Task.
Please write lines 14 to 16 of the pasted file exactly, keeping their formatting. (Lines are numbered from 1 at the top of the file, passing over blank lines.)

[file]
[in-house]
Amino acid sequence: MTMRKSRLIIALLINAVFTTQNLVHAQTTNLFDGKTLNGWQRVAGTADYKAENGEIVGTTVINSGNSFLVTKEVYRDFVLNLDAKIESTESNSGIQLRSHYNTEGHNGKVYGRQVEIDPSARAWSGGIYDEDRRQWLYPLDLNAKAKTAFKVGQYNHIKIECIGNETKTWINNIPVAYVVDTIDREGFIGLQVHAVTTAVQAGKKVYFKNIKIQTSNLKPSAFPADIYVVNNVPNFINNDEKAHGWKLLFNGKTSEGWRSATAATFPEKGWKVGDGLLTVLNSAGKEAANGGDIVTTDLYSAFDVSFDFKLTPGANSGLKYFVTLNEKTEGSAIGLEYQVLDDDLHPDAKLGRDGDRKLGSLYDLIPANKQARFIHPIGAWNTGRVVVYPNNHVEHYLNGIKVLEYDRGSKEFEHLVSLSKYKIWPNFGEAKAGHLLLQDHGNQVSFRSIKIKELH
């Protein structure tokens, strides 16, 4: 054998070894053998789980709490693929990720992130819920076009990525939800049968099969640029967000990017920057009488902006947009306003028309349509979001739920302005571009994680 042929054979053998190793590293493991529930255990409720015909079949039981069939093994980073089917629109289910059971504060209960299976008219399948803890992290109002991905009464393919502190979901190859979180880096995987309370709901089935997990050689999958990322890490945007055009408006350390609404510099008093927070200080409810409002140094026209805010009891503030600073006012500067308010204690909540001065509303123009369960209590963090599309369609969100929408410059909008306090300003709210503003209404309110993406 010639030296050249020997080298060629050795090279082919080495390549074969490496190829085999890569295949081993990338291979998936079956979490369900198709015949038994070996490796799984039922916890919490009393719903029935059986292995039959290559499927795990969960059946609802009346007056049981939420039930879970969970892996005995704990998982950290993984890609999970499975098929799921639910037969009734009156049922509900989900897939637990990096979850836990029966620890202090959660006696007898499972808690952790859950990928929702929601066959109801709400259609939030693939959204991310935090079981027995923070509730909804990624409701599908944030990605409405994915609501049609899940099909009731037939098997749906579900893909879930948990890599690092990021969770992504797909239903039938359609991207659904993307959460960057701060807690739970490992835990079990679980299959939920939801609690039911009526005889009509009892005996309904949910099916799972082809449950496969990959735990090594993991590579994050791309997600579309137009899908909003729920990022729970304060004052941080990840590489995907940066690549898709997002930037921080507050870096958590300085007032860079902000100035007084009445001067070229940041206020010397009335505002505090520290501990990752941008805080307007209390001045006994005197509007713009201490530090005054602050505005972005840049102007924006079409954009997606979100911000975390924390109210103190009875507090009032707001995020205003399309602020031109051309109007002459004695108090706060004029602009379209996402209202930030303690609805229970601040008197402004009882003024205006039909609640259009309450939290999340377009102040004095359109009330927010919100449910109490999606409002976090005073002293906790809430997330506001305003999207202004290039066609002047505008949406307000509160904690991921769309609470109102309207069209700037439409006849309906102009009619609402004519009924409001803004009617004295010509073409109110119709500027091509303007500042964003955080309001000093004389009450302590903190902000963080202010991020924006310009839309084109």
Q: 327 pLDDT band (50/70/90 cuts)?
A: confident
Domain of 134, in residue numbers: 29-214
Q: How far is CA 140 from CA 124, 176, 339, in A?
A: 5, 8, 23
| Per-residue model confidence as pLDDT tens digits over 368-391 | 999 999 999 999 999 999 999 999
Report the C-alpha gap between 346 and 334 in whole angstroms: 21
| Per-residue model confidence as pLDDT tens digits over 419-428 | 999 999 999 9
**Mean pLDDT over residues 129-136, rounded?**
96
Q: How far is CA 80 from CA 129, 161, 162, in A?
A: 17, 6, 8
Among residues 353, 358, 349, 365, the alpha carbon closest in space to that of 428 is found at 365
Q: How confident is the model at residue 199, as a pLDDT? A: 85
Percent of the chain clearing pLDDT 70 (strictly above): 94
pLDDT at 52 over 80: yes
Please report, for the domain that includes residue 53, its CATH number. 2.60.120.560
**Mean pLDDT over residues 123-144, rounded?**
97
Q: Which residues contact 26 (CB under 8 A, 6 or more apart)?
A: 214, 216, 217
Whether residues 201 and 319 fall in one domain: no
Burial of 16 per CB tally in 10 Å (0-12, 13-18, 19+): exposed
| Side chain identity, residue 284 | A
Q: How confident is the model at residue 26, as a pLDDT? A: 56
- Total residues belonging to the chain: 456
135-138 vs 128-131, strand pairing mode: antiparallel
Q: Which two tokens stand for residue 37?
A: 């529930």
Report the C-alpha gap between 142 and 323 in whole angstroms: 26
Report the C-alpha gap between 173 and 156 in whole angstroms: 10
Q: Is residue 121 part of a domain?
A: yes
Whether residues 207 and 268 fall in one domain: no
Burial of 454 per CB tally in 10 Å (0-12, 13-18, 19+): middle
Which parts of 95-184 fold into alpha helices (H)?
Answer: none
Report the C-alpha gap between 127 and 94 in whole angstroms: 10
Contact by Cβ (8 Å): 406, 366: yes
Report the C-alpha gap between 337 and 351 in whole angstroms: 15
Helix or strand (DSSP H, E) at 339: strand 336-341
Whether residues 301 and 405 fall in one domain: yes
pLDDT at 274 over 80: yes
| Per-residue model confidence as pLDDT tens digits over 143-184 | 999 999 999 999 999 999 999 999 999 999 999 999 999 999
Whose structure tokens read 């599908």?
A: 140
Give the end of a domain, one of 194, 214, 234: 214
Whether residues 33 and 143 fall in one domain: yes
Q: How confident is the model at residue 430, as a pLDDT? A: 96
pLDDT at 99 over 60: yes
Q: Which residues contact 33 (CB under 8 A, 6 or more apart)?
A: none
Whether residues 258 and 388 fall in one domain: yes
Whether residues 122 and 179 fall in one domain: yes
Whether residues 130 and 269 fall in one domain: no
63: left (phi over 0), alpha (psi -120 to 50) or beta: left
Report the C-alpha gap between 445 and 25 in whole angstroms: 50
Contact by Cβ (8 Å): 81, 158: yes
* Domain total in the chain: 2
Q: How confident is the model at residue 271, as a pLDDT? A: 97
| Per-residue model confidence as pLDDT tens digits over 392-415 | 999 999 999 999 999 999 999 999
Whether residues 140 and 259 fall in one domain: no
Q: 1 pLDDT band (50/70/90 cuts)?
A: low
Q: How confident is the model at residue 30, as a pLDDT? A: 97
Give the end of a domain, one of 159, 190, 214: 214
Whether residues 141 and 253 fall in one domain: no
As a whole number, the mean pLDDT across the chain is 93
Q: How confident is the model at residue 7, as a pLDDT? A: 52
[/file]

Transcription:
Q: How far is CA 80 from CA 129, 161, 162, in A?
A: 17, 6, 8
Among residues 353, 358, 349, 365, the alpha carbon closest in space to that of 428 is found at 365